Our interview with Niklas Zennström got off to an awkward start. Co-founder of Kazaa and the brains behind file-sharing technology that got it into hot water with the music industry, Zennstrm now runs Skype Technologies SA, an Internet telephony company. Skype's office in London has just one land line, reserved for faxes. The company's own service which Zennström describes as a person-to-person connection over the Internet is its main communications channel, internally and externally. Skype today claims 36.4 million registered users.
Apparently stuck in a meeting, Zennström was a no-show for 15 minutes. A Skype PR rep, desperate to locate the boss, sent SMS messages everywhere. (Cell phones, it seems, are Skype's preferred backup.) Finally, the soft-spoken, cool-headed Swede got to his desk and booted up his PC to talk to us. EE Times in Paris, meanwhile, was on a regular land line, linked to France Telecom.
Zennström's voice sounded so faint that after a few minutes, we had to ask the CEO to hang up and start over. He came back on again, loud and clear demonstrating, perhaps, that communications revolutions come and go, but bad phone connections are eternal.
EE Times: Could you tell us, for the record, what just happened? Why was it so difficult to hear your voice before?
Niklas Zennström: You could hear Kat [Skype's PR person] well, right? I heard her very well, too. I think the problem was with my computer. I have a new computer. This is the first time a Skype call was made from my new computer. It could be that a microphone on my side wasn't working well.
EET: Voice-over-Internet Protocol has a reputation for voice quality that's not as good as on land lines. How can Skype claim better quality-of-service than other VoIP services and regular phone lines?
Zennström: Skype is the only one that uses peer-to-peer technology for voice services. Other VoIP services are using a client-server technology.
Peer-to-peer has been proven to be very powerful for other types of services, such as massive file sharing. What it really means is that the connections between end users are set up directly over the Internet to end users, rather than having to go through a central server somewhere. It [peer-to-peer] takes the shortest route between end users. It can take advantage of full broadband bandwidth, so you don't need to compress the voice as much to get a richer sound experience. That's the reason why it's getting better sound quality. Another benefit is that, since the call is not going through a central server, we don't have any marginal cost for each call.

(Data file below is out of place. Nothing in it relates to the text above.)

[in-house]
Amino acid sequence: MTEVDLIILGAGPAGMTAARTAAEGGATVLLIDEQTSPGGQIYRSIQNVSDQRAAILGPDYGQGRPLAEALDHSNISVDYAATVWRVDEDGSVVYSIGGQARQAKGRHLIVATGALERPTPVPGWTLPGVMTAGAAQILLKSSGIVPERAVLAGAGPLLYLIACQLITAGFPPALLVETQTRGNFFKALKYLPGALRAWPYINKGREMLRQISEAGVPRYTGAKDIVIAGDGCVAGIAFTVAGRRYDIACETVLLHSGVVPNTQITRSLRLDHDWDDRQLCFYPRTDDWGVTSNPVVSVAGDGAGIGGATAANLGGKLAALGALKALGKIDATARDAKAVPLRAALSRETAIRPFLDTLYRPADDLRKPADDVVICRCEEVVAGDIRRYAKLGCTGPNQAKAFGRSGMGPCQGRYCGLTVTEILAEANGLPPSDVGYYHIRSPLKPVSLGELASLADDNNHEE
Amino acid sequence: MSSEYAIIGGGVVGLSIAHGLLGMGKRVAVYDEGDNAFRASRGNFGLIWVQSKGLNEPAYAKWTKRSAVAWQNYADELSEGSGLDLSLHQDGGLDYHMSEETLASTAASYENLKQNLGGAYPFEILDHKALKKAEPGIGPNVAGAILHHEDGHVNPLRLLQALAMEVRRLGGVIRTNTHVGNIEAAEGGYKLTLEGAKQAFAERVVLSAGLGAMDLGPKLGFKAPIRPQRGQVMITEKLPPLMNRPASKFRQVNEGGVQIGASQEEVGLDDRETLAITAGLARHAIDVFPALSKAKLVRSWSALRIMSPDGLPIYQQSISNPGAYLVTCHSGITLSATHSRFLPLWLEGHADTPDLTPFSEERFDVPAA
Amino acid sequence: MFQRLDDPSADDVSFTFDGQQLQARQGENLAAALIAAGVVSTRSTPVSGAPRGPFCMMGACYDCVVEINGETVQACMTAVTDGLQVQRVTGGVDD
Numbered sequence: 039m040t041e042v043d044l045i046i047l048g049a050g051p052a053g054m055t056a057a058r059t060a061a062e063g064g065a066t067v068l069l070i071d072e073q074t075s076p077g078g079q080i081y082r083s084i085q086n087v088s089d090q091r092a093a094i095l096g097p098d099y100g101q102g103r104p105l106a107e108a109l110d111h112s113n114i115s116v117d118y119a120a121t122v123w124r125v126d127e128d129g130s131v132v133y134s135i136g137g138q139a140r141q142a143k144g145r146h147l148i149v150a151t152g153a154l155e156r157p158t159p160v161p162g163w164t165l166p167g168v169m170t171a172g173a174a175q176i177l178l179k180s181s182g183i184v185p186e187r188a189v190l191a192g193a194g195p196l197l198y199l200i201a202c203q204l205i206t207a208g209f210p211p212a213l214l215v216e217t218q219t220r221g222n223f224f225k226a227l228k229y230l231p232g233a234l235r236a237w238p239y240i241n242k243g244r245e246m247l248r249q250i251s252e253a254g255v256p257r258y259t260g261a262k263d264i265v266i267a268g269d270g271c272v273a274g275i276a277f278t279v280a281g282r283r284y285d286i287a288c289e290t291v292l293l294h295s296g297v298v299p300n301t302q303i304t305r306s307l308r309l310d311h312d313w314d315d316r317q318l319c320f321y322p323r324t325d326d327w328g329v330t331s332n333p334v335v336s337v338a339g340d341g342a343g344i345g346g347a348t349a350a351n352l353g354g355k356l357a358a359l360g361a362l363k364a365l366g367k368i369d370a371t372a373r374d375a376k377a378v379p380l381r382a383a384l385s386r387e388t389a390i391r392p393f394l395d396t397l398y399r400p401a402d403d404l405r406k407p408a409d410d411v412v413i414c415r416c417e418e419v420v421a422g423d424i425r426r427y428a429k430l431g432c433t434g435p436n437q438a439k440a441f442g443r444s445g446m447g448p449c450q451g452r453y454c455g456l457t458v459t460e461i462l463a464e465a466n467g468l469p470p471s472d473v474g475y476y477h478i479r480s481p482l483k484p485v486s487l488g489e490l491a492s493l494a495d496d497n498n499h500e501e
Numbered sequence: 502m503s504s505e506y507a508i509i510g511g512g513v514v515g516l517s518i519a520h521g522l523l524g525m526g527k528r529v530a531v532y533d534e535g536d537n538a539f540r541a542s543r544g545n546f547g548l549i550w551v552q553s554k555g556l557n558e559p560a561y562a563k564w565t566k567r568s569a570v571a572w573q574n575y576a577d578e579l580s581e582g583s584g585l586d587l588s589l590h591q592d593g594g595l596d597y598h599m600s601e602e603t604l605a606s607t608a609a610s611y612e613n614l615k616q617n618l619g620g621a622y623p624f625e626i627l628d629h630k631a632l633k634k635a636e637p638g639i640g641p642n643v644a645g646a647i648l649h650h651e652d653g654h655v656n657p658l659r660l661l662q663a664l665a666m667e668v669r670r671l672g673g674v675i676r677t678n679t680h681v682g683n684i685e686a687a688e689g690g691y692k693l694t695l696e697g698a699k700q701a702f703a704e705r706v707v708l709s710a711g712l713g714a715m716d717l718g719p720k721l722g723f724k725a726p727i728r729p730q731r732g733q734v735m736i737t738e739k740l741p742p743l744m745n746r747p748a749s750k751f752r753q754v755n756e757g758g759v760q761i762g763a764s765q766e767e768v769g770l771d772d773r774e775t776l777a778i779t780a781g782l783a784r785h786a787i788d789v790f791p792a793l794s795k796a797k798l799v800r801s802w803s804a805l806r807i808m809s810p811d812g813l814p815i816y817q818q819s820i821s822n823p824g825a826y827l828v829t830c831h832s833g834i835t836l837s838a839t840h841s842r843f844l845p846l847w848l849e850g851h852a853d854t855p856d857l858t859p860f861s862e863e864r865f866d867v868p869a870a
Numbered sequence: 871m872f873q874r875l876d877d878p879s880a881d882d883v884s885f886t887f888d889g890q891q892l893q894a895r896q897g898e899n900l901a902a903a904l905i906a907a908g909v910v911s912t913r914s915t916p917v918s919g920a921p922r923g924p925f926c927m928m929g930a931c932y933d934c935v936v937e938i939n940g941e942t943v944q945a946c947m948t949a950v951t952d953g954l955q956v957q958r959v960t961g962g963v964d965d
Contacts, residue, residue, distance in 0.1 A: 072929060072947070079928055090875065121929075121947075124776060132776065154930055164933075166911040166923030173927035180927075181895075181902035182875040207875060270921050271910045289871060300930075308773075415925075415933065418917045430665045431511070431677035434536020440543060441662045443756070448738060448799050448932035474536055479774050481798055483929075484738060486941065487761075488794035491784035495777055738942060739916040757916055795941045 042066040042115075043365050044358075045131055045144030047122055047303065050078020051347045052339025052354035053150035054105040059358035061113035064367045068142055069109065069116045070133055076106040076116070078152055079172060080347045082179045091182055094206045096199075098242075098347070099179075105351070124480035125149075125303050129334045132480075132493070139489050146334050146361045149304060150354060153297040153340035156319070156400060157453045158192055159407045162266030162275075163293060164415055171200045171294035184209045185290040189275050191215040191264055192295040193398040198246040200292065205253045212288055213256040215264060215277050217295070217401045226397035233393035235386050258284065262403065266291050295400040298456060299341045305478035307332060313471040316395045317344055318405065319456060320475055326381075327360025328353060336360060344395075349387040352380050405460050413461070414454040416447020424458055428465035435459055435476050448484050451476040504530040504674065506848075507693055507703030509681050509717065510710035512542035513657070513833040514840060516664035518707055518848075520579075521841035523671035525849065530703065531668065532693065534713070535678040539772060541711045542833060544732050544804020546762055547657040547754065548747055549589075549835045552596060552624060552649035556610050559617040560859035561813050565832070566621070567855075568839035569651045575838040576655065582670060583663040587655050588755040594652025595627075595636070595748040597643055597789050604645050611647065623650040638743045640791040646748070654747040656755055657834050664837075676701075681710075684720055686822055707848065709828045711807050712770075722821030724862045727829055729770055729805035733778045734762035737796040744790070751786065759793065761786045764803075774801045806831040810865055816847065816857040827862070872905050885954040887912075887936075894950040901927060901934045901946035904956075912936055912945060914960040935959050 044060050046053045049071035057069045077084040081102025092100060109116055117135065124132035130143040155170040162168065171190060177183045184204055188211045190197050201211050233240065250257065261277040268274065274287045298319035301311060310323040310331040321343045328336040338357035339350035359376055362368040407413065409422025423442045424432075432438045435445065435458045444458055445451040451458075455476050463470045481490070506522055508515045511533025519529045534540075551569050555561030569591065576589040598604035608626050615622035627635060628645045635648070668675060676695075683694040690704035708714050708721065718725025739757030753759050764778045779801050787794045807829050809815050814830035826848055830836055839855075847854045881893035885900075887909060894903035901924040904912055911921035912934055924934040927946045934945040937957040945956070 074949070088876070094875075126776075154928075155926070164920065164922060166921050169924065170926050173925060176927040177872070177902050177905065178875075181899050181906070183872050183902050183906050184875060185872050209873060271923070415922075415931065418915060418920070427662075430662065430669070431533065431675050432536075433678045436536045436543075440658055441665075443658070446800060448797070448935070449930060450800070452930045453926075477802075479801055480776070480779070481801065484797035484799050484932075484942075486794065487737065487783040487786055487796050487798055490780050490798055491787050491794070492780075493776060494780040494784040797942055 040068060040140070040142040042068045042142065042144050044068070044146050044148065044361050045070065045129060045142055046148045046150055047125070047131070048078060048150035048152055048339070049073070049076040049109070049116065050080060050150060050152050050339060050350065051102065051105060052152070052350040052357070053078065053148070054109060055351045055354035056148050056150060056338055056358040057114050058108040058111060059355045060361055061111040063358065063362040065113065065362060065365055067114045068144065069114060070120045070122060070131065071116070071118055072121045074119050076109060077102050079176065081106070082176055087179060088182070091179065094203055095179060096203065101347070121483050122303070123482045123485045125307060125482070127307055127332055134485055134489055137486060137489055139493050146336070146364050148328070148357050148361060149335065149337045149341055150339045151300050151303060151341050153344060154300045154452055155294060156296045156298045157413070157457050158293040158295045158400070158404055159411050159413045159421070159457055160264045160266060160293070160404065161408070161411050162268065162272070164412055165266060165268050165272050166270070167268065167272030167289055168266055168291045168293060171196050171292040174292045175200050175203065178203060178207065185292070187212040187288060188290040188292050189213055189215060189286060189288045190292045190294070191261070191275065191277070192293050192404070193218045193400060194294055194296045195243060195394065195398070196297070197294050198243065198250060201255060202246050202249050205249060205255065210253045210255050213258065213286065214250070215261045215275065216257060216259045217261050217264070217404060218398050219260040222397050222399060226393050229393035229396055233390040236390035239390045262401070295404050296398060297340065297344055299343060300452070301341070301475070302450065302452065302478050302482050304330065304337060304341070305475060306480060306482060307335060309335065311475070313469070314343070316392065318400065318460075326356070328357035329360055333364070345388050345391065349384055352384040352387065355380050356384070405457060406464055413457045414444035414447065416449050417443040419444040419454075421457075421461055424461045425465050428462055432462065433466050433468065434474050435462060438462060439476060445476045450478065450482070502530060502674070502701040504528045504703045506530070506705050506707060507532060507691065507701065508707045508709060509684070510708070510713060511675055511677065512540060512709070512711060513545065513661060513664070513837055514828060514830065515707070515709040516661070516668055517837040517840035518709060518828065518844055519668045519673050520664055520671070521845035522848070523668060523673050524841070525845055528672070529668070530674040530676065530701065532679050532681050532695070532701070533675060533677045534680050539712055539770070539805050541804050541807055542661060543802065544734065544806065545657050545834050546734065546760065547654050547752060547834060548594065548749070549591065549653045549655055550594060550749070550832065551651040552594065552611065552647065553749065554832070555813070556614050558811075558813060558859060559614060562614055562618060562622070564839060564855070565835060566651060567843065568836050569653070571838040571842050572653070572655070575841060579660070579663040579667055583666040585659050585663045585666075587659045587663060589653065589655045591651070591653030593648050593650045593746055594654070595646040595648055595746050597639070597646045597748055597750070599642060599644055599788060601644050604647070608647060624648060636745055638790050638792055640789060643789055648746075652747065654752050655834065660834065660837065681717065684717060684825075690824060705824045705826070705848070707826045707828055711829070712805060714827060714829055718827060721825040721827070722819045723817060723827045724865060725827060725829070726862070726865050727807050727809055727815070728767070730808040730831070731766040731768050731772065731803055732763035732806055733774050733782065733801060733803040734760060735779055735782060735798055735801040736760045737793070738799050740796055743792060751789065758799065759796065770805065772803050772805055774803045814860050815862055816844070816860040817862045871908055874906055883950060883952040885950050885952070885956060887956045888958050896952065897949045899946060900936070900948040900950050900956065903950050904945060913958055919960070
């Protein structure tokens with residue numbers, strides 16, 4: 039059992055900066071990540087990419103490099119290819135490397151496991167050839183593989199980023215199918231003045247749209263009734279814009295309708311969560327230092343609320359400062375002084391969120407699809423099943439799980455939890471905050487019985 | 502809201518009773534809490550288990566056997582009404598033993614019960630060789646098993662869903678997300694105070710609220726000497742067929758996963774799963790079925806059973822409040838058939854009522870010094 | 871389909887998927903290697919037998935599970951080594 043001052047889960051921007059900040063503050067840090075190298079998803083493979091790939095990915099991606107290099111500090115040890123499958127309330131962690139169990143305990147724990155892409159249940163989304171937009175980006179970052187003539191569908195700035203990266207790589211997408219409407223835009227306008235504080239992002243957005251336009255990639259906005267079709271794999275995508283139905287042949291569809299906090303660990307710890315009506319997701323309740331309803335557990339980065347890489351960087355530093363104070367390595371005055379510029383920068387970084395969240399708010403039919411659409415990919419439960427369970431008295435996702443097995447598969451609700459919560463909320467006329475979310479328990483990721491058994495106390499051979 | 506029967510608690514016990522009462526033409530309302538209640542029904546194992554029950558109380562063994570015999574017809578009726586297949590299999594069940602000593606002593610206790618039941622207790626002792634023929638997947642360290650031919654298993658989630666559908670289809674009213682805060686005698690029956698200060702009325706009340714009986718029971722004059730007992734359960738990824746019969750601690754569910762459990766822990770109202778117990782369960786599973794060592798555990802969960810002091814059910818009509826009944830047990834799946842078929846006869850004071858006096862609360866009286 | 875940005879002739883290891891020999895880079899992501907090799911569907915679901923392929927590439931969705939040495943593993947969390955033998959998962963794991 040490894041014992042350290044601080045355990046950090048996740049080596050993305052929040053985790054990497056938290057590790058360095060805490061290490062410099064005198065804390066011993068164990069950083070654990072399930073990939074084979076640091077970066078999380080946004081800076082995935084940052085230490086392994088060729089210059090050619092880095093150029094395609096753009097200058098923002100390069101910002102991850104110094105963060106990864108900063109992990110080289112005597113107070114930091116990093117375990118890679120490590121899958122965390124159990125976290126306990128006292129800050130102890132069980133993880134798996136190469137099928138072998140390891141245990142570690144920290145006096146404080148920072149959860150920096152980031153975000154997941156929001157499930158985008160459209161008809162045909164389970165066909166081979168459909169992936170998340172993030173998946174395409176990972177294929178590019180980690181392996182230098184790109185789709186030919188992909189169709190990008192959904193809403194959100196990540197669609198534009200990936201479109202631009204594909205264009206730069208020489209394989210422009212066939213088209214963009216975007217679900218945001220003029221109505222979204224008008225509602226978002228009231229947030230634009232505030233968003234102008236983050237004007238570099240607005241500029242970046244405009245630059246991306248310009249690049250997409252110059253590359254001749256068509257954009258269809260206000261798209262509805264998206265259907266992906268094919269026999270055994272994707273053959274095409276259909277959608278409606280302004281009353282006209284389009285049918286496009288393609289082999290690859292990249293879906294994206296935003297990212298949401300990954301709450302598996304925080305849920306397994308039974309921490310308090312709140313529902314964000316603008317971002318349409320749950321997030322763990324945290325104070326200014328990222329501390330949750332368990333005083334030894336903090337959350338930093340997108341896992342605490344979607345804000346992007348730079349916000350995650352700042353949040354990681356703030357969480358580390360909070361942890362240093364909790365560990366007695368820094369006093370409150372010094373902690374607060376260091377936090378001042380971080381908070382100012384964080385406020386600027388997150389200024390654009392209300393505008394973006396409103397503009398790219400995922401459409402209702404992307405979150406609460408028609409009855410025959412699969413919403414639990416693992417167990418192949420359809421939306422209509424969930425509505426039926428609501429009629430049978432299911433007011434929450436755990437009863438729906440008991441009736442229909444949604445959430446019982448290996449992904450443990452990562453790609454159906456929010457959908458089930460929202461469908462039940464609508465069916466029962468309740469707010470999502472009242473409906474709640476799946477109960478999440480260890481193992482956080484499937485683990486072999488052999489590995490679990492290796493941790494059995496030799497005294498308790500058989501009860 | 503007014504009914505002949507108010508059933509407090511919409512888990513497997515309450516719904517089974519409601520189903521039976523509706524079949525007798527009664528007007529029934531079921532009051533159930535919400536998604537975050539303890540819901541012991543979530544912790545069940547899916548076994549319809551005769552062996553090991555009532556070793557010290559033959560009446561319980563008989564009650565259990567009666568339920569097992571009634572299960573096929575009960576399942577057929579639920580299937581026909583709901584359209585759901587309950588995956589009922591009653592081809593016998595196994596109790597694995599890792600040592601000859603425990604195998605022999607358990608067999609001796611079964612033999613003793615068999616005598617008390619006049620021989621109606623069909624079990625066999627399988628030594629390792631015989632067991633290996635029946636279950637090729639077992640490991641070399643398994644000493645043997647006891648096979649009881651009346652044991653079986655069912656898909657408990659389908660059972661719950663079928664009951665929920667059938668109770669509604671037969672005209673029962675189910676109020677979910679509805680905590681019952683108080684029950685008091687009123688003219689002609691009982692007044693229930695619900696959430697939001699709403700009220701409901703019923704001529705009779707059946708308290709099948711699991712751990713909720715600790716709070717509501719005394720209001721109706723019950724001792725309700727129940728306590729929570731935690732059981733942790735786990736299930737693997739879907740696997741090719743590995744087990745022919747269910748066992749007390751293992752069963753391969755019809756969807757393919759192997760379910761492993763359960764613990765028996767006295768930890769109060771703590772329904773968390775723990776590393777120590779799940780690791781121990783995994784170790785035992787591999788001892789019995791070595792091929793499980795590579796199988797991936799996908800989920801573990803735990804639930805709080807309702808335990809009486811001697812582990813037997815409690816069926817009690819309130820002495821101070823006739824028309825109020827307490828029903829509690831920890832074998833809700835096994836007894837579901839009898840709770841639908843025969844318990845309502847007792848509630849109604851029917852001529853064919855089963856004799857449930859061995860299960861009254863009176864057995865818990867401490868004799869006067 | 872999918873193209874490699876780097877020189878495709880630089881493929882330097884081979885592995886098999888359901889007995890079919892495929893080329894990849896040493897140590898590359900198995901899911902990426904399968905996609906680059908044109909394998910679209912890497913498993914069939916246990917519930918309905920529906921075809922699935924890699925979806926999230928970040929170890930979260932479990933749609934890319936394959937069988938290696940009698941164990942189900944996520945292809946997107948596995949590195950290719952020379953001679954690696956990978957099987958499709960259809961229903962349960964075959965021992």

EET: How much compression is Skype doing to the voice?
Zennström: A normal telephone signal in the digital telephone network is compressed to 56 kilobits per second, which is pretty much the same as the modem line. But we can pretty much take advantage of the broadband network and use a richer sound that doesn't have to be compressed as much.
EET: Have you invented your own codec for this?
Zennström: Codecs are a part of it. But we are using different types of codecs for different types of calls. Some are industry-standard codecs like G.729 and G.711, iLBC and iSAC. We're using different codecs for different circumstances. For instance, if you have a broadband connection, we are using one codec and if you have a narrowband connection, we are using another.
EET: Why aren't others using peer-to-peer technology for VoIP services?
Zennström: Well, because telephony has been around for 125 years, always working with switchers, and switchers are switching calls. That's an easy way to do things. Peer-to-peer is very complex and a much more advanced technology.
EET: What building blocks or basic intellectual property do you have?
Zennström: My group pioneered a peer-to-peer distributed technology in 2000. We invented the technology called supernodes, with a Fast Track peer-to-peer technology used in Kazaa and other filesharing applications. We built a technology that's completely distributed and self-organizing. That hasn't really been done before. Kazaa became the largest file-sharing distributed network, [with] around 4.7 million online users. We've got a lot of experience and know-how from that. Now, this is the third generation we are building. We've been creating this technology by ourselves. This is not something we've licensed from someone else.
EET: Tell us what Skype is up to in terms of a mobile platform.